(720) 638-5593
1911 11th St. Ste. 201 Boulder, CO 80302

Like us on Facebook    Follow us on Twitter    View our profile on LinkedIn   
Photos by Kevin Ziechmann and Leon Hiro Davis
"I didn't know if I'd be strong enough to do the whole climb. For a paraplegic, it looks pretty big, pretty badass and super hard." - Sean O'Neill

News Links:

Sean O'Neill Makes the First Paraplegic Ascent of Bridal Veil Falls!
On February 26, Sean O'Neill became the first paraplegic to climb Bridal Veil Falls, a thundering waterfall that pours into Telluride's box canyon and, in its frozen form, was for decades considered one of the most difficult ice climbs in the country. His journey will be featured in the documentary "Struggle" and is set to premiere at Telluride's Mountainfilm Festival in May.

O'Neill is a pioneer of sit climbing who has helped design an adaptive system of pulleys for ice axes and other equipment to help him get up pitches. Unable to use his legs since he broke his back jumping into the Mississippi River 22 years ago, O'Neill pulled himself up the imposing 365-foot wall of ice using just his upper body.


Upcoming Dates for the Front Range Adaptive Climbing Club

Whether you're a seasoned climber or total beginner, this is a great opportunity to have fun and connect with fellow adaptive climbers. The cost is $10 for those who register online at least two days in advance or $15 at the door. Registration includes a day pass to the climbing gym, gear rentals and belayers. All ages, skill levels and physical disabilities welcome! 
Mar 10: Boulder Rock Club
Mar 19: Earth Treks
Mar: 28: Rock'n and Jam'n

April 14: Boulder Rock Club
April 16: Earth Treks
April 25: Rock'n and Jam'n  

Sender One Clinic
March 29 


Join us for a fun, informative adaptive climbing clinic on March 29 at the Sender One climbing gym in Santa Ana, CA. Learn to use specialized climbing equipment and receive advice from professional, AMGA certified adaptive athletes. This is designed to be a great experience for all skill levels, physical disabilities and adaptive needs. There is a morning session from 9 a.m. to 11 a.m. and an afternoon session from 1 p.m. to 3 p.m. Both sessions are free and include gear rental!


  Register for Morning Session >
Paralympic Kick-Off Party



Paradox Sports and Adaptive Adventures are hosting a Paralympic Game Night at Dave & Busters on Friday, March 7 starting at 6 p.m. This is a great way to meet people from the Front Range Adaptive Climbing Club and cheer on your favorite athletes competing in Sochi!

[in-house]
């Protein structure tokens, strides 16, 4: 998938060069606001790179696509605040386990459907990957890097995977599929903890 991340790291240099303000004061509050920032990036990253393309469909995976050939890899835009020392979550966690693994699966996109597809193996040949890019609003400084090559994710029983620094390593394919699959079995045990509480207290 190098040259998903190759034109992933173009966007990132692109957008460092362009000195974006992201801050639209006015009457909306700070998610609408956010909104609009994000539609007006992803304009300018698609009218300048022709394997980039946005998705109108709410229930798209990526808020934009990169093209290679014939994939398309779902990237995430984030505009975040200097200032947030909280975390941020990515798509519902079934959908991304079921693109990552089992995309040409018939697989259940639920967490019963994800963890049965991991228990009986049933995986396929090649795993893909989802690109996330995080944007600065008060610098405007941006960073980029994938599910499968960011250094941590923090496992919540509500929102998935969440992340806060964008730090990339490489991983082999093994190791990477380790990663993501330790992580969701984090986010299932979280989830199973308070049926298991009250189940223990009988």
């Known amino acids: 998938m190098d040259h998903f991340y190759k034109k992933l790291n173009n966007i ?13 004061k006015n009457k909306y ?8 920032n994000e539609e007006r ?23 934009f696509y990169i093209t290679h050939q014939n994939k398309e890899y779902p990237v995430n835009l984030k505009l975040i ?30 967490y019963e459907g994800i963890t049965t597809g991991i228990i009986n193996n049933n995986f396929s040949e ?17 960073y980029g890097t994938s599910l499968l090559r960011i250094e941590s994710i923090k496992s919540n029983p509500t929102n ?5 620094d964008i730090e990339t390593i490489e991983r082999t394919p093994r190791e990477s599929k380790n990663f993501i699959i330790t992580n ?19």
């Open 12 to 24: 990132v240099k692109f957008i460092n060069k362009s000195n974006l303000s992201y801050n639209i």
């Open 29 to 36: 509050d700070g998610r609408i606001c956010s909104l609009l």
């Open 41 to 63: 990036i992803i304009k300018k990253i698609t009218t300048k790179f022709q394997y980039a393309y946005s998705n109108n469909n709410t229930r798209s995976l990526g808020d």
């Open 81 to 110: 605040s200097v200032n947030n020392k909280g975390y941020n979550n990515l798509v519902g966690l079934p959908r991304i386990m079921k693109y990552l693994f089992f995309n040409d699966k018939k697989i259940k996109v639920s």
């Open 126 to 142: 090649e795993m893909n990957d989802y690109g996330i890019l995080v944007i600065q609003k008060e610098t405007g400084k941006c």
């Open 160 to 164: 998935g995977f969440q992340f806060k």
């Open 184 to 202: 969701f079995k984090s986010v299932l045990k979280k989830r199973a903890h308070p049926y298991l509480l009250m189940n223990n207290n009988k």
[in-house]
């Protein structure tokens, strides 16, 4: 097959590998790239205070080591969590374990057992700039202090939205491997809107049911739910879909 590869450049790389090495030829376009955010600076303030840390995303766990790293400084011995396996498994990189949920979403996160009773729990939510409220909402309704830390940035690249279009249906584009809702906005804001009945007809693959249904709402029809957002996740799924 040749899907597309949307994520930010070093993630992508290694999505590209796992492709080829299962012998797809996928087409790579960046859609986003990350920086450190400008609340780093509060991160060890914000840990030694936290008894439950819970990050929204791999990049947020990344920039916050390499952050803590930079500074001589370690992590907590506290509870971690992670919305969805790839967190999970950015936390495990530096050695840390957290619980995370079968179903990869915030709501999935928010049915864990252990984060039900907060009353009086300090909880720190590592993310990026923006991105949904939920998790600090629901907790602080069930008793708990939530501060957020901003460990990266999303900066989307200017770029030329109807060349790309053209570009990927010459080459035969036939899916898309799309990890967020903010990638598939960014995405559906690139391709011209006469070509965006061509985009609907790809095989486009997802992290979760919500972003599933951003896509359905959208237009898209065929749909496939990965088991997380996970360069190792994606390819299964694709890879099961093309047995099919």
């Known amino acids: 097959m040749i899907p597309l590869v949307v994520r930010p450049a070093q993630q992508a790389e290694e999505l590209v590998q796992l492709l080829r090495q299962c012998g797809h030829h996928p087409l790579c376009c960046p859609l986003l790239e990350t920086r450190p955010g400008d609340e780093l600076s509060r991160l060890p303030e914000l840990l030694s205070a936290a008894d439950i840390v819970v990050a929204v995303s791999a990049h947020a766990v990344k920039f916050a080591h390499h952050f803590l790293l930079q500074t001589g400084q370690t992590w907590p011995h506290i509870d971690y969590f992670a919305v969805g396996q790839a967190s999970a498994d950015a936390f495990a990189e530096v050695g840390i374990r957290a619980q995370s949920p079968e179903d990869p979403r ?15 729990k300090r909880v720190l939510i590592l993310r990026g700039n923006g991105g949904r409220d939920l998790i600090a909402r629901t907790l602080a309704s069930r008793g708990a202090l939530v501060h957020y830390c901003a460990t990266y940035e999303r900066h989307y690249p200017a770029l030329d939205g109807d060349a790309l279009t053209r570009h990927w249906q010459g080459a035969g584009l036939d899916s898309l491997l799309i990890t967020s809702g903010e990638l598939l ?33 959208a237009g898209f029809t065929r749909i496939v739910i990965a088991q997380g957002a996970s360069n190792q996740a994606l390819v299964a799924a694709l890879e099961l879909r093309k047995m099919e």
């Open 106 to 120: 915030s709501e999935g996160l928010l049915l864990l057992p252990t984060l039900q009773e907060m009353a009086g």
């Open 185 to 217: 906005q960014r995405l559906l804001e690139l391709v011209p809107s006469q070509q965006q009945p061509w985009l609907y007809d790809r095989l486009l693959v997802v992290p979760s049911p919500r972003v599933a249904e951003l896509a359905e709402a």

Go Heidi Jo Duce!!!!







ABS Nationals Paraclimbing Competition 2014

On Saturday, Feb. 22, Paradox Sports attended the 2014 American Boulder Series (ABS) National Championships at CityRock climbing gym in Colorado Springs, CO. Adaptive athletes from across the nation came together to compete in the Citizens' Competition. 


"Everyone was there to climb as hard as they could. It made me ready to train harder and take it more seriously," said Maureen Beck, who placed third in the Upper Extremities Division. Beck had to compete in the same category as the male upper extremity amputees since she was the only female in her division.  

Paradox Ice Introduces Adaptive Athletes to the Thrills of Ice Climbing 

Paradox Ice instructor Chad Jukes, a U.S. Army veteran whose foot was amputated following an encounter with an anti-tank mine while on patrol in northern Iraq, said participating in the annual event has been a transformative experience for him and fellow participants. 

"The camaraderie, the group environment is a powerful thing," said Jukes, who now lives in Ouray County. "It's amazing how people rally around each other and are super supportive. At the end of the experience, participants are a lot more open and accepting about what has happened to them.

Paradox Sports Visits the University of Central Missouri


They can't walk across a room, but some people can climb a wall and Saturday they showed others just how liberating that can be.

Trying to get to the top of a climbing wall can be daunting for anyone, but imagine trying to climb one with one fewer limb or another physical challenge. That's what folks at Paradox Sports do and they say the higher they climb the more grounded they become.


"There's something magic about moving upward," Sean O'Neill said.